The normalization appropriate for the data was the Lowess normalization (Cleveland & Devlin, 1988), with up-weighting of the background and normalization control spots, known to be non-DE (http://bioconductor.org/packages/1.8/bioc/vignettes/limma/inst/doc/usersguide.pdf). Application of the two background correction procedures (NeBC and MBC) to each of the two stress-condition datasets (osmotic stress and stationary phase) provided a total of four real model-datasets used in our analyses.

In all four model-datasets, normalized and background corrected log_{2} ratios between genes’ expression values in wild-type and mutant cells (*Y*_{gij}) were distributed asymmetrically around zero and heavily skewed to the right. This was expected because up-regulation was anticipated in most of the tested genes. It was therefore reasonable to assume that the distribution of mean expressions of DE genes follows EVD. Hence, the BE method could be applied for inference about differential expression.

A critical issue in the MC integration methodology, underlying the BE method, is to determine the number of iterations that can be safely used as a basis for inference. We used 50 000 iterations as they provided reasonable accuracy of the approximated BE statistics. The achieved MCSEs varied for different genes and model-datasets. The medians, followed by the ranges in parentheses, of the achieved MCSEs were 0.05 (0.01–0.42) and 0.03 (0.01–0.82) for the osmotic stress datasets corrected with the NeBC and MBC methods, respectively, and 0.38 (0.02–0.92) and 0.18 (0.02–0.52) for the stationary-phase datasets corrected with the NeBC and MBC methods, respectively. In all four model-datasets, MCSEs were the lowest (<0.1) for the genes with the value of BE statistic around 0.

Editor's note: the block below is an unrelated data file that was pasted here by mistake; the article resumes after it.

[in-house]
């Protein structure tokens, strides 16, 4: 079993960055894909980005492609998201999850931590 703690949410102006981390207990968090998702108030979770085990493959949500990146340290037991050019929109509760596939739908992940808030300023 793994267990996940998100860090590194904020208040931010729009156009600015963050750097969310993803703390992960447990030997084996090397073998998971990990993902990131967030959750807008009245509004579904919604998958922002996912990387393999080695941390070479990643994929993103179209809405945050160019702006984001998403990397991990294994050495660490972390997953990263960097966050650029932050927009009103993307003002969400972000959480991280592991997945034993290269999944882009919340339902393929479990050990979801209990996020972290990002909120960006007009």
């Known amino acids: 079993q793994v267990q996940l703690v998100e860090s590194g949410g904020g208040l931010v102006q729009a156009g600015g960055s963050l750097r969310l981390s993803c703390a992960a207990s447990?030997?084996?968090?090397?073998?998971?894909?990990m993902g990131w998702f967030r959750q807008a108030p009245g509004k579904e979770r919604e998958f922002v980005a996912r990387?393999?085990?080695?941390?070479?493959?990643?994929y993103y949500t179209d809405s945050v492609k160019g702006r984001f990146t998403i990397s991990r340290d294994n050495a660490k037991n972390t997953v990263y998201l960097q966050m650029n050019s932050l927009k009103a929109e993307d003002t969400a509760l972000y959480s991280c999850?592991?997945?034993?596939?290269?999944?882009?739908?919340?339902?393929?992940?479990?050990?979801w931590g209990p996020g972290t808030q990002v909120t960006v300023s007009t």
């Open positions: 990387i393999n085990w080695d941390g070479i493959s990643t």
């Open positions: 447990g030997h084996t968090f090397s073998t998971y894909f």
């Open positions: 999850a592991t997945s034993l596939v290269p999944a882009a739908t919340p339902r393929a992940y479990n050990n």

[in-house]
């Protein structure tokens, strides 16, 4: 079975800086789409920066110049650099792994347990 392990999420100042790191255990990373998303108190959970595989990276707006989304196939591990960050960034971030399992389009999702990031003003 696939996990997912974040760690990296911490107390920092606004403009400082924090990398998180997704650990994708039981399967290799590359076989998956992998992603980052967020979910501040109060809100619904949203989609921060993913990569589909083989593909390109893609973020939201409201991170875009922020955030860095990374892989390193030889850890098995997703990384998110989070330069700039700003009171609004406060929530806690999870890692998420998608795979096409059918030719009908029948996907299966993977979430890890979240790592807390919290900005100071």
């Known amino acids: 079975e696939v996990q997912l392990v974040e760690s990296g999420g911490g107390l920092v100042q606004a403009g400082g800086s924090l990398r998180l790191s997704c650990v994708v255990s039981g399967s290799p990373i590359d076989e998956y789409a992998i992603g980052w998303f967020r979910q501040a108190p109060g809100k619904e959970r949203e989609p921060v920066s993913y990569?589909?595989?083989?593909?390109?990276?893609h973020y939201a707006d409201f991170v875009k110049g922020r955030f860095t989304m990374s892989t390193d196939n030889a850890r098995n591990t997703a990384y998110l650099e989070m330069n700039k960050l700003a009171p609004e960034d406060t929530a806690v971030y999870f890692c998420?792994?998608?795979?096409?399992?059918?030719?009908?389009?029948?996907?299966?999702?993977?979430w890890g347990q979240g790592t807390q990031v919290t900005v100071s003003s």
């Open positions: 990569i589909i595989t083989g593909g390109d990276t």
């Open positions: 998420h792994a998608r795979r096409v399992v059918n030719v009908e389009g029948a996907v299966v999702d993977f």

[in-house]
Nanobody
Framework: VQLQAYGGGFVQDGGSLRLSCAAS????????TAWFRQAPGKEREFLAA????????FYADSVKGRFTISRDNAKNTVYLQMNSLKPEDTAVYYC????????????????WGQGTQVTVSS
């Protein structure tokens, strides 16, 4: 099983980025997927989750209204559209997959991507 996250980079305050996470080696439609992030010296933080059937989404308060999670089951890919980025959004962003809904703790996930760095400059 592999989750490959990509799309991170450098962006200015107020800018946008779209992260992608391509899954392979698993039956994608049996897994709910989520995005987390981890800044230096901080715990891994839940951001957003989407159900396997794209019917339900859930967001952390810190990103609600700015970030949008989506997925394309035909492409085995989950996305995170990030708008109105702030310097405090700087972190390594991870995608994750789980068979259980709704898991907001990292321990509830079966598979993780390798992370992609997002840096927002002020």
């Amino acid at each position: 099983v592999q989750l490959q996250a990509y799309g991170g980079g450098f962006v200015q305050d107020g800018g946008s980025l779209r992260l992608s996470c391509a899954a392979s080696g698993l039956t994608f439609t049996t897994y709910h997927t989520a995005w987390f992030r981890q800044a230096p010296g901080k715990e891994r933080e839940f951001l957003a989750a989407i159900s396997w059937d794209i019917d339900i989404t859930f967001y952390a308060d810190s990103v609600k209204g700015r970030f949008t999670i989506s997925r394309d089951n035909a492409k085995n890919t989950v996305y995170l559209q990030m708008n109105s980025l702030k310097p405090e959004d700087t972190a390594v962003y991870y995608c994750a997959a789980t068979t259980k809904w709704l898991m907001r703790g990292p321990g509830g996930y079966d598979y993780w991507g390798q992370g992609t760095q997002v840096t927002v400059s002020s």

For each model-dataset, the gene-specific BN, BL and BE statistics were approximated. The biological meaning of the identified DE genes is important. Hence, for each of the four model-datasets in Fig. 1, we show the values of the BN, BL and BE statistics, plotted against contrast estimators from linear models (_{g}) (also translated into fold changes, 2^{g}, for more intuitive interpretation) and against previous results ofKazmierczak *et al*. (2003). In each model-dataset, genes that ranked very low with the BE statistic have a fold change below 1. At the same time, the BN statistic ranked high some of the genes with very low fold change, incorrectly suggesting down-regulation. The BL statistic gave ambiguous results with high values for most genes, particularly in the stationary-phase data. It should be noted that for approximation of the BN and BE statistics, we fixed the pDEs to those reported inKazmierczak *et al*. (2003). Fixing pDEs to different values would change the BN and BE *vs*. fold change plots. Decreasing pDE would shift the plots to the right and down, whereas increasing pDE would shift the plots left and up on the *x*- and *y*-axes, respectively.

The BN (Lonnstedt & Speed, 2002; Smyth, 2004), BL (Bhowmick *et al*., 2006) and empirical Bayes EVD mixture model (BE) statistics plotted against the contrast estimators from fitting linear models at the gene level, ‘alpha_g’ (denoted **...**

Table 1 shows the characteristics of the data and the values of the hyperparameters estimated for each of the four model-datasets. The ambiguous results of the BL method are probably due, at least in part, to a very high estimated probability that a gene is DE (*w*=1; Table 1). The prior variance distributions seem quite stable among the BN, BL and BE methods, except for the roughly double value of the scale parameter estimated for the BL method as compared with that estimated for the BN and BE methods. Contrary to that, the prior variances differ substantially between background correction methods, being narrower for the data corrected with MBC, which may explain the smoother plots of the BN, BL and BE statistics following MBC. Also, interestingly, correlation among technical replicates tends to be higher following the NeBC than MBC, demonstrating the difference between these two procedures.